Generating Objective-C Classes from Protocol Buffer

Once you have the Protocol Buffer Compiler (protoc) built, you can use it to compile proto files into headers and implementations in the language of your choice.

For example, I have this pair of proto files defined. This is a StoryRequest:

message StoryRequest {
required string character1 = 1;
required string character2 = 2;
optional string secret_weapon = 3;
}

And this is StoryResponse:

message StoryResponse {
enum ResponseType {
SUCCESS = 0;
FAILED = 1;
}
required ResponseType status = 1;
optional string story = 2;
}

The client will send a StoryRequest to a server with names of two characters and an object, and the server will send back a StoryResponse with a status code and the story that has those two characters using that object, Mad Libs style.

To compile the proto files using protoc, you want to indicate the path of the source files, the directory to output the files to, and indicate the language.

For example, for C++, you will do something like this:
protoc --proto_path=src --cpp_out=build/cpp src/StoryRequest.proto
And for Objective-C, you will do something like this:
protoc --proto_path=src --objc_out=build/objc src/StoryRequest.proto

Note that you want to create build/cpp and build/obj in advance because protoc will not create them. If you are generating only the Objective-C files, fine, keep them in one place. But in this case, we are doing both for demonstration. Since C++ and Objective-C use the same naming conventions for header files, they need to be in separate folders. You will now see StoryRequest.pb.h and StoryRequest.pb.cc in build/cpp and StoryRequest.pb.h and StoryRequest.pb.m in build/objc.

Let’s ignore the implementation files (.cc and .m) since they are just code for what’s declared in the headers. We will now inspect the C++ header. You will see a lot of functions generated for you. They are mostly getters, setters and parsing functions like this:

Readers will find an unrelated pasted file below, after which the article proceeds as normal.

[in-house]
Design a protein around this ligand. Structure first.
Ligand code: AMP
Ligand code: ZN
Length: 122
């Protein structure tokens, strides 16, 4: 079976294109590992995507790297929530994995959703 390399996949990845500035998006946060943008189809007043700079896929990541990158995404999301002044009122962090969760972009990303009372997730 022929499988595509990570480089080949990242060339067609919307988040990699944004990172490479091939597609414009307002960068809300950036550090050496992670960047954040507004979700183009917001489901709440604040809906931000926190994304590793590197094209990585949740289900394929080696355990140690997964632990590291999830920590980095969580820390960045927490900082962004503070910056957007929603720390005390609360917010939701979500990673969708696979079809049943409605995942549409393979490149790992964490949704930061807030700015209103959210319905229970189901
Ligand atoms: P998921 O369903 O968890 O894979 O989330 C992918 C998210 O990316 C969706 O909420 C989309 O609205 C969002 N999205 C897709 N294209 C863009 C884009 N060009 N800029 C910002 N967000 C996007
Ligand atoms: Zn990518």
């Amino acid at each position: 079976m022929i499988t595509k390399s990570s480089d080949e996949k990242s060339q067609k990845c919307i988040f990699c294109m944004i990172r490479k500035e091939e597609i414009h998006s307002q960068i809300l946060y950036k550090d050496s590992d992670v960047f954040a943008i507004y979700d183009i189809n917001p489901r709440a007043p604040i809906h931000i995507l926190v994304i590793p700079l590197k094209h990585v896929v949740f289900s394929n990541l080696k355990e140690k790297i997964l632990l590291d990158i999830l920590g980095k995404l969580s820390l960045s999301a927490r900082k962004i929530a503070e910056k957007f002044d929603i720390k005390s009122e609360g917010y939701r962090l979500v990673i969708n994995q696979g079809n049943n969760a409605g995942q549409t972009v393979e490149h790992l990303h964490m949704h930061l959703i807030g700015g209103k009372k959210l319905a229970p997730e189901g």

inline bool has_character1() const;
inline void clear_character1();
static const int kCharacter1FieldNumber = 1;
inline const ::std::string& character1() const;
inline void set_character1(const ::std::string& value);
inline void set_character1(const char* value);
inline void set_character1(const char* value, size_t size);
inline ::std::string* mutable_character1();

And if you open up the Objective-C version of the header, you will see something like this:

- (BOOL) hasCharacter1;
- (NSString*) character1;
- (StoryRequest_Builder*) setCharacter1:(NSString*) value;
- (StoryRequest_Builder*) clearCharacter1;

They are just Objective-C methods equivalent to the C++ ones. As you can see, the proto files are defined regardless of which language you are going to use, and you will compile it into source files in the languages of your choosing.

In the next post, we’ll talk about how to get these files to compile in an Xcode project.

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4 Responses to Generating Objective-C Classes from Protocol Buffer

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